What is the issue?Changing the primary fuel filter and draining the bowl during an engine service runs a high risk of splashing diesel about the engine. Equally a badly sealed fuel filter can drip fuel. This fuel then sticks to the surface with the excess seeping down into the bilge. This causes the cabin to develop a diesel-mildew odour.
Why address this?Apart from being unpleasant, a diesel smell can precipitate seasickness and the contaminated bilge water is an illegal discharge.
How to address this?One approach to try reduce this is to place a permanent drip basin beneath the primary fuel filter. This depends upon the layout of the engine compartment, but if it can be accommodated it is well worth doing.
This can be accomplished by finding a plastic tray that can accommodate the fuel quantity within the primary filter and some more. Mount the tray as an inlay in a permanent wooden box on the bulkhead beneath the main filter. Be careful to allow enough space so that it does not become an obstacle to servicing or general engine work.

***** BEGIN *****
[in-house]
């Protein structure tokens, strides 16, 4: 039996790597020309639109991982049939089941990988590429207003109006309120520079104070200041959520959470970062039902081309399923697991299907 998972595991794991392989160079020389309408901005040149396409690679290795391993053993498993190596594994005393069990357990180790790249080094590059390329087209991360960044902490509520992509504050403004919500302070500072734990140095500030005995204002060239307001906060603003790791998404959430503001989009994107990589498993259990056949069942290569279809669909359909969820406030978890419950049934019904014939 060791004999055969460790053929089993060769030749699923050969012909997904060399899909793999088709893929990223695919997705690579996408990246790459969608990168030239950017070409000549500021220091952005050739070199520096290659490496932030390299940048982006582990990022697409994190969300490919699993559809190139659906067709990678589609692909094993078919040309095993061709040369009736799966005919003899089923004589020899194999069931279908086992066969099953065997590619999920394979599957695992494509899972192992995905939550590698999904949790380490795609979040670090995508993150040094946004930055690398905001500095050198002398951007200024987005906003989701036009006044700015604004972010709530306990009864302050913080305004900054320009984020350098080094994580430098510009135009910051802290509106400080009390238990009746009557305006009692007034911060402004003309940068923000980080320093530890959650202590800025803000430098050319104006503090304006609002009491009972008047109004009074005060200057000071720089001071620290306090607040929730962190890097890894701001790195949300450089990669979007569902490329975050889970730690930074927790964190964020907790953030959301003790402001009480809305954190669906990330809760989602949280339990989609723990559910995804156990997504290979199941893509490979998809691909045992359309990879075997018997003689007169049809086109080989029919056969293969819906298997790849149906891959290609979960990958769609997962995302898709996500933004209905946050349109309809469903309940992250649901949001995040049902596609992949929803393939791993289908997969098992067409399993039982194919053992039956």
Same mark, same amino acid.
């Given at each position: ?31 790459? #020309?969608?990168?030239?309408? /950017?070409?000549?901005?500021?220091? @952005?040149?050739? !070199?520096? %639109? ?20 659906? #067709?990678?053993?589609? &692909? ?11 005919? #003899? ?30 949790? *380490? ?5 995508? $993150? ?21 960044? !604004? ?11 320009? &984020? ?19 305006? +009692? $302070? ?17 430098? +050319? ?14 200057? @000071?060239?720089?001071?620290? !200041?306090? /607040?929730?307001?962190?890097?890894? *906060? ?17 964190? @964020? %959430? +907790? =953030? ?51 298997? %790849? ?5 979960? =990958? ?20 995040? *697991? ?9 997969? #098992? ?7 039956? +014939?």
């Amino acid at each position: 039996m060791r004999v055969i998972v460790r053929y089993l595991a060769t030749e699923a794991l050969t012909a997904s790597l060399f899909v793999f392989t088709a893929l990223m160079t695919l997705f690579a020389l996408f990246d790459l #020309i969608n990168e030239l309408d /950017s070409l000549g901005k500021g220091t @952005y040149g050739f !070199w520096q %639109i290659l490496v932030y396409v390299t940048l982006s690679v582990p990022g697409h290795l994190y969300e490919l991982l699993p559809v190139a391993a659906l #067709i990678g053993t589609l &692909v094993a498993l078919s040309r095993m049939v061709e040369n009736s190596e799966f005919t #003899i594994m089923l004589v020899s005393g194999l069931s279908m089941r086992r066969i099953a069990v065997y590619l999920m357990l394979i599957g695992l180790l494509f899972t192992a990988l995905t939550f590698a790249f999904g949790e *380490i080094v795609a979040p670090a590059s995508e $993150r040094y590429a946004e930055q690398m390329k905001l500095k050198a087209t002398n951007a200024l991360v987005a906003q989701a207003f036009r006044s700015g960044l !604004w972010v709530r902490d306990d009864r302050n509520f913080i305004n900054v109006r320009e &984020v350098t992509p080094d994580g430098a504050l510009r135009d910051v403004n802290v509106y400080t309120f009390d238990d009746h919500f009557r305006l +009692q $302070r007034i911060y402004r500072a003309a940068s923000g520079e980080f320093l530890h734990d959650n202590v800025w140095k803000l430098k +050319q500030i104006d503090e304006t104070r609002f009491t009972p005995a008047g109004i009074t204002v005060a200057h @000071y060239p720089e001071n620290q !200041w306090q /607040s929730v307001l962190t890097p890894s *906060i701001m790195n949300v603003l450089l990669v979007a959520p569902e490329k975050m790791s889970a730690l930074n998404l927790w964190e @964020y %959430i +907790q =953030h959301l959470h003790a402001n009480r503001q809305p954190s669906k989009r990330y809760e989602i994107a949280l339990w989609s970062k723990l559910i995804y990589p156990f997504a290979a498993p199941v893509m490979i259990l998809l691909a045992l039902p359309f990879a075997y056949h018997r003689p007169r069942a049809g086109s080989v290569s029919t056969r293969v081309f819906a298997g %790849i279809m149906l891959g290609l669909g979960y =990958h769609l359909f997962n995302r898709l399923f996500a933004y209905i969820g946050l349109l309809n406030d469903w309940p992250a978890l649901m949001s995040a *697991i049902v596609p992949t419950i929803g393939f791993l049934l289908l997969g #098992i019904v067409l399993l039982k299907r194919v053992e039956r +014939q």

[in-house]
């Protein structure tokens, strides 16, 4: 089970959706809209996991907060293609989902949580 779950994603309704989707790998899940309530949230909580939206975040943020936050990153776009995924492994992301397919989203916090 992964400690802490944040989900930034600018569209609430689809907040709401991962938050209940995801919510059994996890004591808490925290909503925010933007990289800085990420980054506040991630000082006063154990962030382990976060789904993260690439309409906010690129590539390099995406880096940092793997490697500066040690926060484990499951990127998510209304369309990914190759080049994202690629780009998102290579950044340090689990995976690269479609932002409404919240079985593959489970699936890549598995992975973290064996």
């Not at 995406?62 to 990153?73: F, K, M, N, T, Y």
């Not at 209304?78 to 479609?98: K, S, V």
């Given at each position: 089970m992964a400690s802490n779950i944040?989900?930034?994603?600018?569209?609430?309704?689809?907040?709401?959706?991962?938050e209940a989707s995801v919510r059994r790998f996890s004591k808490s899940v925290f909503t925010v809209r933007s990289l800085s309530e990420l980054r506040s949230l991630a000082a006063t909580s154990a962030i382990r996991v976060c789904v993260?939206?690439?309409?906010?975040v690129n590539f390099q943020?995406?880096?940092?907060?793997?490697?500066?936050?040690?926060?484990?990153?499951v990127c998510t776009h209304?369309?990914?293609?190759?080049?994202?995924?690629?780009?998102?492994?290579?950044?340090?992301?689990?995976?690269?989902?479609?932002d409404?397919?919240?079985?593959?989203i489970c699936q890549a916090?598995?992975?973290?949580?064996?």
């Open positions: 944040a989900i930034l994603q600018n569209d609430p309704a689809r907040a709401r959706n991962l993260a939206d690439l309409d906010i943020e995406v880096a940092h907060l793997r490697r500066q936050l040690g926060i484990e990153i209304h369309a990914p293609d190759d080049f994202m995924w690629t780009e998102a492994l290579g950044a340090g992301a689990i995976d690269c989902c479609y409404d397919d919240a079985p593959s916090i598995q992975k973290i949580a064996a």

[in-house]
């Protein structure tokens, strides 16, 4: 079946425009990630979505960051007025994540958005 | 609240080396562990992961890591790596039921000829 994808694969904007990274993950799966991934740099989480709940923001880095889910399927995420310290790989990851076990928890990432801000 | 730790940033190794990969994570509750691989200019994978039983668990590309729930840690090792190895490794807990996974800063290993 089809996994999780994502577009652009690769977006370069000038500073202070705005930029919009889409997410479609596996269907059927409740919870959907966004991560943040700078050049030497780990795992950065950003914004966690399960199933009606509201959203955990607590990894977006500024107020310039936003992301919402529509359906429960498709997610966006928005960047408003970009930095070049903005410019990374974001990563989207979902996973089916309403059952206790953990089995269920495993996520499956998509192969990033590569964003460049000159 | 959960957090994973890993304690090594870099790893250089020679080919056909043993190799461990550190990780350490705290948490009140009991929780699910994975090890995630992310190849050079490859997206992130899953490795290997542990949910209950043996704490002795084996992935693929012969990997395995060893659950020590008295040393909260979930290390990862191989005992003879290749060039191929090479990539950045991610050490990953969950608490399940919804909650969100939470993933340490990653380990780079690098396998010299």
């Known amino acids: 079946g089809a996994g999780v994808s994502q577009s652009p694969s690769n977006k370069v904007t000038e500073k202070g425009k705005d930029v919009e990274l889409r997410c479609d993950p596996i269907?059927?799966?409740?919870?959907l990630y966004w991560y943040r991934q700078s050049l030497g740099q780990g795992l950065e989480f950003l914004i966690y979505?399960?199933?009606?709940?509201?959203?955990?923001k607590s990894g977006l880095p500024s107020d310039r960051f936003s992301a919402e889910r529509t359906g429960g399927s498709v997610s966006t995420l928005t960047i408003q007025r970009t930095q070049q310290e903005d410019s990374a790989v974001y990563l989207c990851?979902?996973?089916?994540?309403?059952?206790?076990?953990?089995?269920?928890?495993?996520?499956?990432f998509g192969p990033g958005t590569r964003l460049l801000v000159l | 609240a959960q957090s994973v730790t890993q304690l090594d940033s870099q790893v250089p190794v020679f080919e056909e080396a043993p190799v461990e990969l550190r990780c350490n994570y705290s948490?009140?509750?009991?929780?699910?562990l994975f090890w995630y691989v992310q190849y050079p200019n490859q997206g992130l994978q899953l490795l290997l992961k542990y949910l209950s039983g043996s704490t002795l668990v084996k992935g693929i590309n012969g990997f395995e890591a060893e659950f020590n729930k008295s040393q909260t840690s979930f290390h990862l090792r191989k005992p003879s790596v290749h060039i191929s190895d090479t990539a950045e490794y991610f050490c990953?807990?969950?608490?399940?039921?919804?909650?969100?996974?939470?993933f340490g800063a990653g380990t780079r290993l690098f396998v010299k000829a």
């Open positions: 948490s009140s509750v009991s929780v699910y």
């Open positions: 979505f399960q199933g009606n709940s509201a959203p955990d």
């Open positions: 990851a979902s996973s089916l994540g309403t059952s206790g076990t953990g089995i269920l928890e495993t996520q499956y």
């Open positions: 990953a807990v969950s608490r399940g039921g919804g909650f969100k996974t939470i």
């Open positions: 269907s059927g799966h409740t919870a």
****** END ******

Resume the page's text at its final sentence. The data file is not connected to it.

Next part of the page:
When the main filter is serviced the fuel can be drained directly into the tray making this task much easier. This can then be lifted out and the thimbleful of excess can be disposed of properly.
If the engine compartment does not lend itself to a tray, placing some dog litter pads on the floor may be an alternative option. Using an old towel when bleeding the air out of the system is a great way to catch every drop involved with the service, and also for wiping down the engine.
With thanks to:Michael Harpur, Yacht Obsession. Header image with thanks to UnwrittenTimeline.
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